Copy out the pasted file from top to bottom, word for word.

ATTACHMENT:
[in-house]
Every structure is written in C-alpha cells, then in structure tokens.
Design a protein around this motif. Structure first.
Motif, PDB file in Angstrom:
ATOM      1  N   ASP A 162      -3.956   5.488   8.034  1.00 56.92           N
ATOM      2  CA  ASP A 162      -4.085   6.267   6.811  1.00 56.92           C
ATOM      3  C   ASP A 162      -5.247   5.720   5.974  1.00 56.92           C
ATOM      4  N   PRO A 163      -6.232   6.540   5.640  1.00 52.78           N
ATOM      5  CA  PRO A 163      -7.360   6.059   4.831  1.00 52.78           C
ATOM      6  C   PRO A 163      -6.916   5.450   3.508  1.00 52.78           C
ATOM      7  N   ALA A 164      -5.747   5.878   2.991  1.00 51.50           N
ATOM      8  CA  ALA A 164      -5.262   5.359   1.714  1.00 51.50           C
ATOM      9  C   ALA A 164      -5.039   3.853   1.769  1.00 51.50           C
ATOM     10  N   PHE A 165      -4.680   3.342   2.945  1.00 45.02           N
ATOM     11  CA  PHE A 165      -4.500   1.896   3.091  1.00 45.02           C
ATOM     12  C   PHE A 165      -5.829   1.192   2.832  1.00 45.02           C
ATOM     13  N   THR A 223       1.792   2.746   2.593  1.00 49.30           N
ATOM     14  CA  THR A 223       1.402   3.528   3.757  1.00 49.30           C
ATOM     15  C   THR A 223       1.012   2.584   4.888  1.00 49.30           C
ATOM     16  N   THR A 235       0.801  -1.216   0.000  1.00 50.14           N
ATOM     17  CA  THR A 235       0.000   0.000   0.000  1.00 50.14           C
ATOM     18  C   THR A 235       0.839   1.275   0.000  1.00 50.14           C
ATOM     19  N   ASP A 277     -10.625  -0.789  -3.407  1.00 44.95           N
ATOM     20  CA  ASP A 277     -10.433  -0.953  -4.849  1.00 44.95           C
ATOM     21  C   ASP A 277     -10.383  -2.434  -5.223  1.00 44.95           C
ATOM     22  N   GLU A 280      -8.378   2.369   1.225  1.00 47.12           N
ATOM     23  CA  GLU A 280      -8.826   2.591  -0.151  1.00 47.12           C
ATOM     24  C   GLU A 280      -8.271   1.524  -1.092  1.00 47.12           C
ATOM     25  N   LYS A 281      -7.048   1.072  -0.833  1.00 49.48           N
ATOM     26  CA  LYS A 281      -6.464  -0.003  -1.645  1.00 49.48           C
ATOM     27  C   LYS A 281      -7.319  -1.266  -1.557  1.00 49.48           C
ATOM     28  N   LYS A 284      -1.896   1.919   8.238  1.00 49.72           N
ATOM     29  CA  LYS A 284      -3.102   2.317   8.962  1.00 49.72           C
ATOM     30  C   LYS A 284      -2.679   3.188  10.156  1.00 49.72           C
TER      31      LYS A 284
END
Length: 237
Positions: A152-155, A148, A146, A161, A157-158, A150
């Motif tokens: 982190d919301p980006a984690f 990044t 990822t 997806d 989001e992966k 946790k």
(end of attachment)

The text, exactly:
[in-house]
Every structure is written in C-alpha cells, then in structure tokens.
Design a protein around this motif. Structure first.
Motif, PDB file in Angstrom:
ATOM      1  N   ASP A 162      -3.956   5.488   8.034  1.00 56.92           N
ATOM      2  CA  ASP A 162      -4.085   6.267   6.811  1.00 56.92           C
ATOM      3  C   ASP A 162      -5.247   5.720   5.974  1.00 56.92           C
ATOM      4  N   PRO A 163      -6.232   6.540   5.640  1.00 52.78           N
ATOM      5  CA  PRO A 163      -7.360   6.059   4.831  1.00 52.78           C
ATOM      6  C   PRO A 163      -6.916   5.450   3.508  1.00 52.78           C
ATOM      7  N   ALA A 164      -5.747   5.878   2.991  1.00 51.50           N
ATOM      8  CA  ALA A 164      -5.262   5.359   1.714  1.00 51.50           C
ATOM      9  C   ALA A 164      -5.039   3.853   1.769  1.00 51.50           C
ATOM     10  N   PHE A 165      -4.680   3.342   2.945  1.00 45.02           N
ATOM     11  CA  PHE A 165      -4.500   1.896   3.091  1.00 45.02           C
ATOM     12  C   PHE A 165      -5.829   1.192   2.832  1.00 45.02           C
ATOM     13  N   THR A 223       1.792   2.746   2.593  1.00 49.30           N
ATOM     14  CA  THR A 223       1.402   3.528   3.757  1.00 49.30           C
ATOM     15  C   THR A 223       1.012   2.584   4.888  1.00 49.30           C
ATOM     16  N   THR A 235       0.801  -1.216   0.000  1.00 50.14           N
ATOM     17  CA  THR A 235       0.000   0.000   0.000  1.00 50.14           C
ATOM     18  C   THR A 235       0.839   1.275   0.000  1.00 50.14           C
ATOM     19  N   ASP A 277     -10.625  -0.789  -3.407  1.00 44.95           N
ATOM     20  CA  ASP A 277     -10.433  -0.953  -4.849  1.00 44.95           C
ATOM     21  C   ASP A 277     -10.383  -2.434  -5.223  1.00 44.95           C
ATOM     22  N   GLU A 280      -8.378   2.369   1.225  1.00 47.12           N
ATOM     23  CA  GLU A 280      -8.826   2.591  -0.151  1.00 47.12           C
ATOM     24  C   GLU A 280      -8.271   1.524  -1.092  1.00 47.12           C
ATOM     25  N   LYS A 281      -7.048   1.072  -0.833  1.00 49.48           N
ATOM     26  CA  LYS A 281      -6.464  -0.003  -1.645  1.00 49.48           C
ATOM     27  C   LYS A 281      -7.319  -1.266  -1.557  1.00 49.48           C
ATOM     28  N   LYS A 284      -1.896   1.919   8.238  1.00 49.72           N
ATOM     29  CA  LYS A 284      -3.102   2.317   8.962  1.00 49.72           C
ATOM     30  C   LYS A 284      -2.679   3.188  10.156  1.00 49.72           C
TER      31      LYS A 284
END
Length: 237
Positions: A152-155, A148, A146, A161, A157-158, A150
């Motif tokens: 982190d919301p980006a984690f 990044t 990822t 997806d 989001e992966k 946790k």